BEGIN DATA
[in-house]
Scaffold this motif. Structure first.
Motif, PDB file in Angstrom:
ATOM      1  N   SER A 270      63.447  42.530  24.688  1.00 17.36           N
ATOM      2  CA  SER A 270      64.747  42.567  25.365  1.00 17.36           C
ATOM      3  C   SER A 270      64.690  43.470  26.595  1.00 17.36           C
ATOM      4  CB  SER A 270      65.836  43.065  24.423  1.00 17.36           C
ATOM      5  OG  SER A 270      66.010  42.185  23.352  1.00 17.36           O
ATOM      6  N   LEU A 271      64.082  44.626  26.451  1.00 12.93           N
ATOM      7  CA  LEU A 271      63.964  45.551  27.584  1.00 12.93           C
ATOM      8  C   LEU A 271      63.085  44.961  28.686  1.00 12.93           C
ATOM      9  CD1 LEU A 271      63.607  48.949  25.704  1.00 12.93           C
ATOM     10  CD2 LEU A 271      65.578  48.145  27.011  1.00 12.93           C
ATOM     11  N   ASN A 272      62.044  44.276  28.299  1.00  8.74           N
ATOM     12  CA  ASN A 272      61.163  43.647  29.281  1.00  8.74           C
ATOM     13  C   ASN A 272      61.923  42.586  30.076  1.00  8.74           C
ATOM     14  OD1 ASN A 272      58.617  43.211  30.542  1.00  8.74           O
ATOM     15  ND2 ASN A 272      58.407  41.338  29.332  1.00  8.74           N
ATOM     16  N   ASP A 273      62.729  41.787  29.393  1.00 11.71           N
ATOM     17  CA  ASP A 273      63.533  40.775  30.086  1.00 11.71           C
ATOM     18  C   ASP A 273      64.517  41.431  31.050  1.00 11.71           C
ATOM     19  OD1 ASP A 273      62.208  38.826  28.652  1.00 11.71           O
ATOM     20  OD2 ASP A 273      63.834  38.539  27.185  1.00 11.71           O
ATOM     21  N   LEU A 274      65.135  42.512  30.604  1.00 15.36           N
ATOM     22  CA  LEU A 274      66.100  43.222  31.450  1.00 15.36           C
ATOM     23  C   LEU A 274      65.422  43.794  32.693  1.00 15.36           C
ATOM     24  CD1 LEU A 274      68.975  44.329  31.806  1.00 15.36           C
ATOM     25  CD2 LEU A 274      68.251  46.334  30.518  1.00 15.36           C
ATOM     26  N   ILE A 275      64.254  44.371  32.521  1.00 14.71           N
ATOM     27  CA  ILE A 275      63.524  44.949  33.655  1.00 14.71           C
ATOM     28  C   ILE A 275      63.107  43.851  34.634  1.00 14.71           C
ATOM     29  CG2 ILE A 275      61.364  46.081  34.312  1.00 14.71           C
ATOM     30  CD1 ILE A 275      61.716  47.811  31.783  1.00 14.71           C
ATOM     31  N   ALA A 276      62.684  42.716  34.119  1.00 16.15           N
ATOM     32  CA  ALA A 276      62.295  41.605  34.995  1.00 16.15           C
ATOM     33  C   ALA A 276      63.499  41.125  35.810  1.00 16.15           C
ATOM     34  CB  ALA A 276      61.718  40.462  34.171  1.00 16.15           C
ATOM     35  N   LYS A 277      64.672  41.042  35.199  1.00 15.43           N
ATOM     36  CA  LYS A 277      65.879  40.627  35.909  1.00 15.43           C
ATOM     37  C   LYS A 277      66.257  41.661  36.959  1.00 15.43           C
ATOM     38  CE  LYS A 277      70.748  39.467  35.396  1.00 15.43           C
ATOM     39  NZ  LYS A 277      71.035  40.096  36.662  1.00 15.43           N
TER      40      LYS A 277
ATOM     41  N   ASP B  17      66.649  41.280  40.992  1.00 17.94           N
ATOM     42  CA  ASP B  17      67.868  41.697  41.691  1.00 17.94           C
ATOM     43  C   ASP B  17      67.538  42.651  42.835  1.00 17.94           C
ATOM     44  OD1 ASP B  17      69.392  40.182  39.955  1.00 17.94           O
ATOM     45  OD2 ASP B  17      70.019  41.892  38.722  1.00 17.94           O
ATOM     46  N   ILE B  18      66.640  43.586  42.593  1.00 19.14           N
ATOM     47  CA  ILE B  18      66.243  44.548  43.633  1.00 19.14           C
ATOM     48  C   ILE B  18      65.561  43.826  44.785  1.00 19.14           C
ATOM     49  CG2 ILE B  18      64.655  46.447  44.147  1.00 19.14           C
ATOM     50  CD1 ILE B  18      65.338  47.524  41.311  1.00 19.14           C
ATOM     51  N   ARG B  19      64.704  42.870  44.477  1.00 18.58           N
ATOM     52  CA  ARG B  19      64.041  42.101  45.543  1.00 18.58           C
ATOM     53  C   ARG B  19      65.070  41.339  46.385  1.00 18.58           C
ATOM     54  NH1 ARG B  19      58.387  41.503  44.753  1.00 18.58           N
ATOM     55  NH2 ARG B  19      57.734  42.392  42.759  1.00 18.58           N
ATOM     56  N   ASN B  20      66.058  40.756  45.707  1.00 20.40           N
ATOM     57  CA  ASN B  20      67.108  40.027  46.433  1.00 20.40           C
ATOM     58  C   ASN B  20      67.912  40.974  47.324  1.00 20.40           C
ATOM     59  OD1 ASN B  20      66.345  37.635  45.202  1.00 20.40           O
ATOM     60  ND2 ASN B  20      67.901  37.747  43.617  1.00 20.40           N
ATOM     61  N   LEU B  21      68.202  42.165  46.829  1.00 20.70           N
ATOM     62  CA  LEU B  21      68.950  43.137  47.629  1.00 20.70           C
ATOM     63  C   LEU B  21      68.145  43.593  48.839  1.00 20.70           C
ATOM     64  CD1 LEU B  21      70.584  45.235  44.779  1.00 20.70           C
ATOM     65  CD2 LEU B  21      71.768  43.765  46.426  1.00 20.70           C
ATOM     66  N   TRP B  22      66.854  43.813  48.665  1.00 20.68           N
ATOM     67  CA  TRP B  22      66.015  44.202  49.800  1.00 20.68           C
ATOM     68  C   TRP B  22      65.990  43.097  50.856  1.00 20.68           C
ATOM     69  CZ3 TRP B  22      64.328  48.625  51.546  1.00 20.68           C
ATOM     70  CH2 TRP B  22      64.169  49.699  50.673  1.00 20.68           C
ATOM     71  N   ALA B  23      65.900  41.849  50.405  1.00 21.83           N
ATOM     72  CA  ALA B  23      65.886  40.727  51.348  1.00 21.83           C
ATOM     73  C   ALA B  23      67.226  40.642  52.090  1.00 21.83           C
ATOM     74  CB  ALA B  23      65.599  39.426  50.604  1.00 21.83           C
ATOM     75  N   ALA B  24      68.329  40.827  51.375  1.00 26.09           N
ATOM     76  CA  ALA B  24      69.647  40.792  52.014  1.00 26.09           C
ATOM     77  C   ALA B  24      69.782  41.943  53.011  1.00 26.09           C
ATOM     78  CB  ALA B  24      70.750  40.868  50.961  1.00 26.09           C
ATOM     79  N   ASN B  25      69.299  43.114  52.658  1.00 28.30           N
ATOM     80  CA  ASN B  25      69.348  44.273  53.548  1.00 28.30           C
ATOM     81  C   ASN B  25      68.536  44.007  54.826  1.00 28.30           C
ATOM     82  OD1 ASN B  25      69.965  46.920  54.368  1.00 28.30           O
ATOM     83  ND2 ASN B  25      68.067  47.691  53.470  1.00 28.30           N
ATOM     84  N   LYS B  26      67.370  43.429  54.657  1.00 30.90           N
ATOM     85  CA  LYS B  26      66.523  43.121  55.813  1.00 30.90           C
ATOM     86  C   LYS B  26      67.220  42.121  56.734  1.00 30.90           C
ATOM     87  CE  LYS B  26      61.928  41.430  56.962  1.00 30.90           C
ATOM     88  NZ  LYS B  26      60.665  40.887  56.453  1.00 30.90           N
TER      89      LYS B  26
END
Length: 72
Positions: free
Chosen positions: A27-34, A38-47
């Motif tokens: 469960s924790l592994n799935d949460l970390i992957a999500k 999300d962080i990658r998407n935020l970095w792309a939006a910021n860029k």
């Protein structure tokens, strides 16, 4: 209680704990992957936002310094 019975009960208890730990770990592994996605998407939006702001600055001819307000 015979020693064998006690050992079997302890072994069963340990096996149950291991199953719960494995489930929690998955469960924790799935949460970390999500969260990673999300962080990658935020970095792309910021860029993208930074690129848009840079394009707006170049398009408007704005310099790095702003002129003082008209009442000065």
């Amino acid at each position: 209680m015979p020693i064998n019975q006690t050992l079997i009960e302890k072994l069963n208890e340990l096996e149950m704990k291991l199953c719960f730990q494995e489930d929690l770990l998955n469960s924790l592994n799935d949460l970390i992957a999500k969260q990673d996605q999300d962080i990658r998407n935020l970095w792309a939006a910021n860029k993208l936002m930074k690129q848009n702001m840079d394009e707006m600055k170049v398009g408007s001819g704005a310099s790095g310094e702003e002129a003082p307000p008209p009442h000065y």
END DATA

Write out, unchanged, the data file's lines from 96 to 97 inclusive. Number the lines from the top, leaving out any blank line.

Chosen positions: A27-34, A38-47
């Motif tokens: 469960s924790l592994n799935d949460l970390i992957a999500k 999300d962080i990658r998407n935020l970095w792309a939006a910021n860029k």